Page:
I fail to see why people who are not major stockholders in cable companies have aginst this anyway... Don't you want choice in cable service? Wouldn't you like to be able to choose between several providers instead of just one? People amaze me...

  • This is typical libberish-- "economics is not exact". Hell, physics is not an exact science; just because they use a lot of math doesn't make it so.

    Call me when they build the economics equivalent of a manned mission to the moon.

    Yet after issuing such a statement, they still will try to hold that the Secular Humanist creed (also known as "theory") of Evolution is science.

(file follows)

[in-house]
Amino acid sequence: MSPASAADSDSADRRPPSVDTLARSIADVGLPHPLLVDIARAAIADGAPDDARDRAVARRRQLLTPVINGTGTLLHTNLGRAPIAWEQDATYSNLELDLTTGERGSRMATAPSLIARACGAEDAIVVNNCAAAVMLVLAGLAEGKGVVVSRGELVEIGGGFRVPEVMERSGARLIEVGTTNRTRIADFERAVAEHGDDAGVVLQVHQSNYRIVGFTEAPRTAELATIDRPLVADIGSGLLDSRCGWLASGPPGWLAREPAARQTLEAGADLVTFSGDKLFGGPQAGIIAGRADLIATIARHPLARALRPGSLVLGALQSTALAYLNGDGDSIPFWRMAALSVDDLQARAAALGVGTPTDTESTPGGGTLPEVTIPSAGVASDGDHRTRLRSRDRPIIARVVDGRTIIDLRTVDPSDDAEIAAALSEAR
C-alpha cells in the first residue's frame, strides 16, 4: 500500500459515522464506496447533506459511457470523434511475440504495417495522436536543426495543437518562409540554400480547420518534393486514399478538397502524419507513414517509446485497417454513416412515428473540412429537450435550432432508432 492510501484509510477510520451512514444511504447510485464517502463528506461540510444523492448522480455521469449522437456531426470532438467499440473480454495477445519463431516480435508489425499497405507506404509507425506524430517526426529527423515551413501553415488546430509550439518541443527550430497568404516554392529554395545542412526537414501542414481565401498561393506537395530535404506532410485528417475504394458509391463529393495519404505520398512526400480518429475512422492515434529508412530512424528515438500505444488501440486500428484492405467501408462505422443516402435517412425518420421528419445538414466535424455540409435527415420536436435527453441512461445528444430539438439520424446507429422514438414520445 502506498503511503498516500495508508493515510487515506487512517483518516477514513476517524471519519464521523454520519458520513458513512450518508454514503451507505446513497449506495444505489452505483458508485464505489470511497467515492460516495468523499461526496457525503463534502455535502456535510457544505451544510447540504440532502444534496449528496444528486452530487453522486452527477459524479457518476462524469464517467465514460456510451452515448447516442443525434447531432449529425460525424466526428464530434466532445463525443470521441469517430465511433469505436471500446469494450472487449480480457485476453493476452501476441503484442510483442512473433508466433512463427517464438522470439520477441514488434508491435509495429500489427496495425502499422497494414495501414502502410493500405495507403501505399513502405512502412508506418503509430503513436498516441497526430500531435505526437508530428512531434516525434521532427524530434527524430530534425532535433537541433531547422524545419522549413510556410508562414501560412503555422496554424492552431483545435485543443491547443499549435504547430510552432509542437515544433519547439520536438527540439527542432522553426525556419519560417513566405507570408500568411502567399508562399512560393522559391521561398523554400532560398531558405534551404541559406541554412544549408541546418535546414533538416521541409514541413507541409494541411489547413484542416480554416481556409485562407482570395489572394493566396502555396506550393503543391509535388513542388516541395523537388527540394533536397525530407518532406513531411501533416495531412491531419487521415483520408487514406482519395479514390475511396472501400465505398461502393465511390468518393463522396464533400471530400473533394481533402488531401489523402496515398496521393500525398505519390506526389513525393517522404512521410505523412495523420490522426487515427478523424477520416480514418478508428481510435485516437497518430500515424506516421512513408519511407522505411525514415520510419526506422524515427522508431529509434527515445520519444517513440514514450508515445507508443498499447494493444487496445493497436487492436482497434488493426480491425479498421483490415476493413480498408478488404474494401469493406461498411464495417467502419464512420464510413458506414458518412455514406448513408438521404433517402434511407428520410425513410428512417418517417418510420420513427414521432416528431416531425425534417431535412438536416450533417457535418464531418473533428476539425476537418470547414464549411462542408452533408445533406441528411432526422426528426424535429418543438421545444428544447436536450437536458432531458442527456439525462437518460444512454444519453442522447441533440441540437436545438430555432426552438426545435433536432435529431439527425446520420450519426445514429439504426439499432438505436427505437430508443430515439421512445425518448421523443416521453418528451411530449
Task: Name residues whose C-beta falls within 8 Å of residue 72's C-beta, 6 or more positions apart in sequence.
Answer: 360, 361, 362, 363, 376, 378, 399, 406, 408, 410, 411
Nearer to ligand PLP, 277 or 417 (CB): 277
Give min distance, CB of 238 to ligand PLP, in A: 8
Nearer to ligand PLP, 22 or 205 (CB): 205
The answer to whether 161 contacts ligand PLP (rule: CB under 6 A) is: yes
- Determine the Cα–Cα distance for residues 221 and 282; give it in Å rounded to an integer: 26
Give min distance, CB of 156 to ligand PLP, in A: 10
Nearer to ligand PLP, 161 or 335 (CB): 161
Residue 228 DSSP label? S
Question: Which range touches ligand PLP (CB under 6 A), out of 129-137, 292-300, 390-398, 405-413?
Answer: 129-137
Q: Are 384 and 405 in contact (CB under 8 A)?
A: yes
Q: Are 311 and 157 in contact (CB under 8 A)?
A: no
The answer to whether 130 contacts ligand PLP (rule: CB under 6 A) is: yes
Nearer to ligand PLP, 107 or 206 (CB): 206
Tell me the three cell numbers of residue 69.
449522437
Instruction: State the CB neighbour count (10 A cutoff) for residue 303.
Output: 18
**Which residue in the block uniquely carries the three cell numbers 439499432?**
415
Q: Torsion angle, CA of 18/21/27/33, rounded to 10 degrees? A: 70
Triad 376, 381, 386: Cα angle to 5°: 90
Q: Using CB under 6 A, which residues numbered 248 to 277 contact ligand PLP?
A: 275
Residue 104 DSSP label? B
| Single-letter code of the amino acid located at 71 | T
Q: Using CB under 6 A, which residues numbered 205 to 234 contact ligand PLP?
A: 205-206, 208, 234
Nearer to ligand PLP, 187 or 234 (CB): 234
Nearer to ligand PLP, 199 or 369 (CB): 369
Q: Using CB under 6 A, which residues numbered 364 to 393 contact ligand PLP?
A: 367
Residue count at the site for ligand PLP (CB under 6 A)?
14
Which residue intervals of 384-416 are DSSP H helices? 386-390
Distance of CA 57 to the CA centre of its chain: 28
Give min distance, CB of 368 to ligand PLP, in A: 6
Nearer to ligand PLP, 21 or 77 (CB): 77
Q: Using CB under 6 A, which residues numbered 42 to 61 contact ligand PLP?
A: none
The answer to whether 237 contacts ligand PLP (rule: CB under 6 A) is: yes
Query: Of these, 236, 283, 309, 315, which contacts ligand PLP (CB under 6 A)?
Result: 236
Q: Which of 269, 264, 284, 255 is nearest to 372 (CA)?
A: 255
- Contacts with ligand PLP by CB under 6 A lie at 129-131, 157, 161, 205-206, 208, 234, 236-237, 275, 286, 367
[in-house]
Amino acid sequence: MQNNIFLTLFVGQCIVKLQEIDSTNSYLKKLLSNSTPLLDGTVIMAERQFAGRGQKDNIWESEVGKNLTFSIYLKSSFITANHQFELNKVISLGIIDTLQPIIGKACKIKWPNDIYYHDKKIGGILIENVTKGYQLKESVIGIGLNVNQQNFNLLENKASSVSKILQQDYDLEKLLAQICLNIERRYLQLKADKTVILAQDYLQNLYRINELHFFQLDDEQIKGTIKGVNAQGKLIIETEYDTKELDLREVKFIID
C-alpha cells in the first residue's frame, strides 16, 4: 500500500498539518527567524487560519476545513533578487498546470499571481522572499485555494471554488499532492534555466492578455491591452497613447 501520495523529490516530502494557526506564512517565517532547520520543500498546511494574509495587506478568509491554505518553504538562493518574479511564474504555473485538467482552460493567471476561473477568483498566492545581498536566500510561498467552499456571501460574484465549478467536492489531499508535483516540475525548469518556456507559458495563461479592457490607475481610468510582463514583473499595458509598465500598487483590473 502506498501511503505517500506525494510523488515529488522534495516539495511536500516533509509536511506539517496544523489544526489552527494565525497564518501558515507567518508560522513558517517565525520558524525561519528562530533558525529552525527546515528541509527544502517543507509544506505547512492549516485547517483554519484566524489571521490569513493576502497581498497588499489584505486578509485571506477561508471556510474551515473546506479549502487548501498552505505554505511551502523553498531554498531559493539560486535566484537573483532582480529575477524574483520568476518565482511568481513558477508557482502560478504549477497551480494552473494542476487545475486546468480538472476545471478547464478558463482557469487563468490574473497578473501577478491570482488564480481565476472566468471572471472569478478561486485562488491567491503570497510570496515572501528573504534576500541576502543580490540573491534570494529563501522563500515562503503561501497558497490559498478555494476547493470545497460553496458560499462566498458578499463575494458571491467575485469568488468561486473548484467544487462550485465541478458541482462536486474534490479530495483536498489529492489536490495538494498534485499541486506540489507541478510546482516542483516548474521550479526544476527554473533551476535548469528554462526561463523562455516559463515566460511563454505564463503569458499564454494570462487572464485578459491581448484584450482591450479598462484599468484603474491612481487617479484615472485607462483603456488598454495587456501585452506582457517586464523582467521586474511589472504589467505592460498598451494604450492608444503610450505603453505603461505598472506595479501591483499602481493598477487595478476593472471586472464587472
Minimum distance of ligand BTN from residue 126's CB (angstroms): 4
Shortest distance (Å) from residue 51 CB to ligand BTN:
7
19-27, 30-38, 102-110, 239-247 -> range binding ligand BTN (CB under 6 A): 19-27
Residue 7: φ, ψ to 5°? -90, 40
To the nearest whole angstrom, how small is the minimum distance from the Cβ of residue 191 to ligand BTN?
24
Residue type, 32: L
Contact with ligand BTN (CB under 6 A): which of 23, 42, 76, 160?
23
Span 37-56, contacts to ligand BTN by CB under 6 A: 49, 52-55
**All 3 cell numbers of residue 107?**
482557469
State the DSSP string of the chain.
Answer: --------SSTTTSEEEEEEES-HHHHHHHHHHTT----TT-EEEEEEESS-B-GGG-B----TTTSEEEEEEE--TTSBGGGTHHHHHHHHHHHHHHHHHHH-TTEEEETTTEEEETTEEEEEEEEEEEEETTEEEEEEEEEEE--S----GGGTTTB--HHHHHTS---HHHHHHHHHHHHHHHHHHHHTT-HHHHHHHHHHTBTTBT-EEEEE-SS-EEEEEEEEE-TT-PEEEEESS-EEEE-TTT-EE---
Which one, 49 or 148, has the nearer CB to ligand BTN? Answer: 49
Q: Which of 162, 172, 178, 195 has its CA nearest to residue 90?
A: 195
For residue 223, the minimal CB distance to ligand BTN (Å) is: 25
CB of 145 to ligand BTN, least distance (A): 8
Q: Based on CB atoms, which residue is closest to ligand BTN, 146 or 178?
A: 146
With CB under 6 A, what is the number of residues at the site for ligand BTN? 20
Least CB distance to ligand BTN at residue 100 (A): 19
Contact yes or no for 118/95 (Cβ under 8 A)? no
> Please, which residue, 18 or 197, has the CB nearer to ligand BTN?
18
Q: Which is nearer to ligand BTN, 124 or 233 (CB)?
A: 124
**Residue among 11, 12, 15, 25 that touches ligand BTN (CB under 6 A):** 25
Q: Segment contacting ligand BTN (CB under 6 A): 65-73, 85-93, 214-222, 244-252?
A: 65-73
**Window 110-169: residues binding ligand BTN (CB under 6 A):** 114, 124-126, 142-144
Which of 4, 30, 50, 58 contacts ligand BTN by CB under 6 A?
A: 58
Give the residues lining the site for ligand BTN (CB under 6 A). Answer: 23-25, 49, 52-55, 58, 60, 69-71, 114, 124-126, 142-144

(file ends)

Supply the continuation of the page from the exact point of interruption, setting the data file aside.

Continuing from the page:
Well, various parts of the theory of Evolution are commonly used in Medicine and Engineering. The evidence for the utility of differential reproductive success based on heritable traits as a method for generating specified complexity is so overwhelming that its opponents attack it as a tautology (as if that were somehow damning.) The evidence for common descent is so overwhelming that almost no publishing scientists in the field of biology have raised any specific objections to it.

    Where has the Laffer Curve been used to accurately predict anything in the real world?

    To (try to) bring this back on topic, though, the TW/AOL folks do not in any way fit any free-market model, supply-side or otherwise, so the point is moot.



  • Interesting that you mention that, because every town I know of grants a monopoly franchise to the cable company. You're telling me all these towns are breaking the law?